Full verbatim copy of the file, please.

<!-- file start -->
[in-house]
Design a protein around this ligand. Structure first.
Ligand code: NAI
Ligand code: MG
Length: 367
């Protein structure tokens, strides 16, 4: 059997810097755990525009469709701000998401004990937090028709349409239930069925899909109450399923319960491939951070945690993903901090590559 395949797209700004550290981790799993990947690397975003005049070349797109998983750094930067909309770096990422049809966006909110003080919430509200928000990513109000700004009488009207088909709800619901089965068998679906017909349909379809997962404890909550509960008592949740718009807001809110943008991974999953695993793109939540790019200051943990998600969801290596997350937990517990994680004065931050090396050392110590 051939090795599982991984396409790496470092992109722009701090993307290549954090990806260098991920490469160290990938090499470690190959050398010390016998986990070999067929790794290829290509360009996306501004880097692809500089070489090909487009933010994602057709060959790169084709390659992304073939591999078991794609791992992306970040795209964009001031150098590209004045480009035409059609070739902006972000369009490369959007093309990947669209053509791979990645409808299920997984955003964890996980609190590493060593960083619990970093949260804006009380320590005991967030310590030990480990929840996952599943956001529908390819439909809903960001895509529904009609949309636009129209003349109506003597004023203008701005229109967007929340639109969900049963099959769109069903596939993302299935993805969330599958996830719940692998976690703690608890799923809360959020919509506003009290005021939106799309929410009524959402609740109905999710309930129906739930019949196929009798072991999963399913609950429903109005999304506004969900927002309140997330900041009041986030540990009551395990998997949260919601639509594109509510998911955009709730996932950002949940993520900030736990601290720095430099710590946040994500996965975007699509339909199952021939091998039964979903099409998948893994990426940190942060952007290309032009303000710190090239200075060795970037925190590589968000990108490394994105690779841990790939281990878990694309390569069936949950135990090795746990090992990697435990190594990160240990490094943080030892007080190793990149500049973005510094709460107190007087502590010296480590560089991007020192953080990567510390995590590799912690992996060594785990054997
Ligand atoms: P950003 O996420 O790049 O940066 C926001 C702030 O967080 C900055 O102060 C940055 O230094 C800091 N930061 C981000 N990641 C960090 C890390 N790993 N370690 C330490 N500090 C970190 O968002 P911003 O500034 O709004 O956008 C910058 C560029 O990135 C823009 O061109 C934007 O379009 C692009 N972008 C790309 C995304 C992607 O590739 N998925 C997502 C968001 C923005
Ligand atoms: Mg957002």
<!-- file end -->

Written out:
[in-house]
Design a protein around this ligand. Structure first.
Ligand code: NAI
Ligand code: MG
Length: 367
């Protein structure tokens, strides 16, 4: 059997810097755990525009469709701000998401004990937090028709349409239930069925899909109450399923319960491939951070945690993903901090590559 395949797209700004550290981790799993990947690397975003005049070349797109998983750094930067909309770096990422049809966006909110003080919430509200928000990513109000700004009488009207088909709800619901089965068998679906017909349909379809997962404890909550509960008592949740718009807001809110943008991974999953695993793109939540790019200051943990998600969801290596997350937990517990994680004065931050090396050392110590 051939090795599982991984396409790496470092992109722009701090993307290549954090990806260098991920490469160290990938090499470690190959050398010390016998986990070999067929790794290829290509360009996306501004880097692809500089070489090909487009933010994602057709060959790169084709390659992304073939591999078991794609791992992306970040795209964009001031150098590209004045480009035409059609070739902006972000369009490369959007093309990947669209053509791979990645409808299920997984955003964890996980609190590493060593960083619990970093949260804006009380320590005991967030310590030990480990929840996952599943956001529908390819439909809903960001895509529904009609949309636009129209003349109506003597004023203008701005229109967007929340639109969900049963099959769109069903596939993302299935993805969330599958996830719940692998976690703690608890799923809360959020919509506003009290005021939106799309929410009524959402609740109905999710309930129906739930019949196929009798072991999963399913609950429903109005999304506004969900927002309140997330900041009041986030540990009551395990998997949260919601639509594109509510998911955009709730996932950002949940993520900030736990601290720095430099710590946040994500996965975007699509339909199952021939091998039964979903099409998948893994990426940190942060952007290309032009303000710190090239200075060795970037925190590589968000990108490394994105690779841990790939281990878990694309390569069936949950135990090795746990090992990697435990190594990160240990490094943080030892007080190793990149500049973005510094709460107190007087502590010296480590560089991007020192953080990567510390995590590799912690992996060594785990054997
Ligand atoms: P950003 O996420 O790049 O940066 C926001 C702030 O967080 C900055 O102060 C940055 O230094 C800091 N930061 C981000 N990641 C960090 C890390 N790993 N370690 C330490 N500090 C970190 O968002 P911003 O500034 O709004 O956008 C910058 C560029 O990135 C823009 O061109 C934007 O379009 C692009 N972008 C790309 C995304 C992607 O590739 N998925 C997502 C968001 C923005
Ligand atoms: Mg957002």